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In-Text Elements

Images

Placing images within your content is a bit tricky. In many cases, you can put images in content areas which takes a lot of the work out of working with images. But to put any image in your site, you need to learn how to upload to Cascade and you need to understand aspect ratio. Get comfortable using your photo editor of choice (don't have one? Pixlr is a great option) and get a grip on aspect ratio:

Video

You can use videos in any content area with a WYSIWYG editor. Use the URL for the youtube, vimeo or other online player and stick it inside this code:

<div class="flex-video widescreen vimeo">
<!-- YouTube/Vimeo code goes here -->
</div>

Icons

Use Font Awesome, our standard icon set, to create consistent, clean, fast sites. This icon set can be easily customized to match your design and align with FIU’s color palette.

See icons and learn more about Font Awesome

Forms

To create forms for signing up, requesting information, contacting and more, FIU uses Machforms, an easy to use form builder. Build your own form using Machforms at webforms.fiu.edu.

Lists

Useful for organizing content and making text easier to read

  • Example

    Ordered List:

    1. Pellentesque euismod quam ut volutpat tincidunt.
    2. Sed sodales tellus a massa mattis, vel varius lacus malesuada.
    3. Praesent eu urna quis sem tempus bibendum nec a velit.
    4. Donec efficitur eros id diam dignissim vehicula.
    5. Mauris vitae nisl sagittis, imperdiet arcu in, facilisis eros.
    6. Suspendisse hendrerit ipsum quis massa vulputate ornare.

    Unordered List:

    • Pellentesque euismod quam ut volutpat tincidunt.
    • Sed sodales tellus a massa mattis, vel varius lacus malesuada.
    • Praesent eu urna quis sem tempus bibendum nec a velit.
    • Donec efficitur eros id diam dignissim vehicula.
    • Mauris vitae nisl sagittis, imperdiet arcu in, facilisis eros.
    • Suspendisse hendrerit ipsum quis massa vulputate ornare.

Tables

Do not make tables with more than 4 columns (to accomodate smaller screens)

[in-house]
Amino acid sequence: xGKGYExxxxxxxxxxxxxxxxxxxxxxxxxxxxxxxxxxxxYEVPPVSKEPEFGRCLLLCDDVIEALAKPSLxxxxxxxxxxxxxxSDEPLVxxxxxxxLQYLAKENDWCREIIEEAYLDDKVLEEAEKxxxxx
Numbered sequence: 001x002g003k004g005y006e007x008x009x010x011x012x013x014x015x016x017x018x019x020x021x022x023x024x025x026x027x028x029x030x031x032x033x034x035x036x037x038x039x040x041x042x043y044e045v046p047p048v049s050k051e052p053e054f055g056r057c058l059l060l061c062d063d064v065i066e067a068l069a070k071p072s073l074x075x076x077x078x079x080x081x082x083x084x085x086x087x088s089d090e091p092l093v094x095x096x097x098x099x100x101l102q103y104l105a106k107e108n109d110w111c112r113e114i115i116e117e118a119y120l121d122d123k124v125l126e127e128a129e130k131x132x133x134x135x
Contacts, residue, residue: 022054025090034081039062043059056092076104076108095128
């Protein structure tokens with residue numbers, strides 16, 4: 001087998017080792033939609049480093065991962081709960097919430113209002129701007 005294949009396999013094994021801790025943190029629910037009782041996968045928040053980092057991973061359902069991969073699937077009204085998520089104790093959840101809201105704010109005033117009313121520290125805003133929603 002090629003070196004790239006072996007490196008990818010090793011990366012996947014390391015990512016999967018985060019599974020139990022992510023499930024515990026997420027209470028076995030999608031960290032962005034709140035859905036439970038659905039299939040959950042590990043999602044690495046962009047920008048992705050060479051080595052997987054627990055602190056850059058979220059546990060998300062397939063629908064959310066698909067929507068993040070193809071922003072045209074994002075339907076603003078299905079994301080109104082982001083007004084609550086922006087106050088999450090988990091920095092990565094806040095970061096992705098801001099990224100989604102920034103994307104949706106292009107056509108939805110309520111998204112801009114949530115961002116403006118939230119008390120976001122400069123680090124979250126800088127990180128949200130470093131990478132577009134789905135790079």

• Example
    Course Credits Description
    GMS 6103 3 Molecular Microbiology and Infectious Diseases: This course introduces the general principles of infectious diseases and the host response to infection.
    GMS 6220 6 Molecular Genetics and Cellular Biology: The course gives graduate students an introduction to fundamental concepts in biochemistry, cellular and molecular biology, and genetics with an emphasis on medically-relevant themes.
    GMS 6481 4 Physiology and Immunology: This course introduces students to the fundamental concepts of physiology and immunology from a biomedical perspective that will assist in evaluating pathology and therapeutic target options.
    GMS 6605 3-4 Basic Structure of the Human Body: The course gives graduate students an introduction to basic concepts of human anatomy, including embryology, histology, gross anatomy and neuroanatomy.
    GMS 6864 2 Principles of Clinical Epidemiology and Biostatistics: This course provides an introduction to the elements and foundations of epidemiology and biostatistics.
    GMS 6939 1 Graduate Seminar: A weekly seminar/discussion course consisting of research presentations by students, faculty, and visiting scientists in the area of biomedical sciences will form part of a recurring credit.
    GMS 6940 1 Supervised Teaching in Biomedical Science: Students will assist the faculty members who teach either graduate or medical students.
    GMS 6942 1 Laboratory Rotations: Laboratory rotations in specific laboratories of the HWCOM graduate program dissertation advisors that will eventually lead to the choice of a thesis laboratory.
    GMS 6961 5 Qualifying Examination: The purpose of the Qualifying Examination is to confirm the readiness of the graduate student to conduct Ph.D. research.
    GMS 6962 1 Formation of Committee: Appointment of Dissertation Committee: Preliminary Proposal: The student submits preliminary research proposal approved by his/her committee.
    GMS 6963 3 Doctoral Dissertation Proposal: Doctoral Dissertation Proposal written in the style of an AHA, NIH or NSF predoctoral fellowship application.
    GMS 6964 1 Dissertation Proposal Seminar: After completion of the Qualifying Examination (QE) and Dissertation proposal approval, the student must present his proposal to the Dissertation Committee. The student will give a PowerPoint presentation the proposed research to the members of the dissertation committee. The dissertation committee will specifically evaluate the following: (i) Has the student demonstrated the ability to design a feasible project? (ii) Has the student shown a reasonable knowledge of the literature regarding the project? (iii) Has the student presented the proposal (both written and oral) in a scholarly fashion? (iv) Has the student demonstrated competent scientific knowledge with respect to overall fundamental principles and applications in biomedical science? and (v) Does the proposed research constitute an acceptable and feasible dissertation project? This will be achieved through an oral question and answer component within the scheduled time of the dissertation proposal exam meeting. The chairman of the dissertation committee will (i) insure that the proposal exam is held to a reasonable length of time; (ii) insure that the student is evaluated fairly and rigorously; and (iii) see that a written evaluation is promptly prepared and sent to the student and to the director of the graduate program.
    GMS 6979 1-10 Research Credits: Research may be conducted in the Ph.D. advisor’s laboratory. May be repeated.
    GMS 7980 1-10 Dissertation Research Credits: Research towards the completion of a doctoral dissertation. May be repeated.
    GMS 7981 1 Dissertation Defense Seminar: Dissertation defense seminar.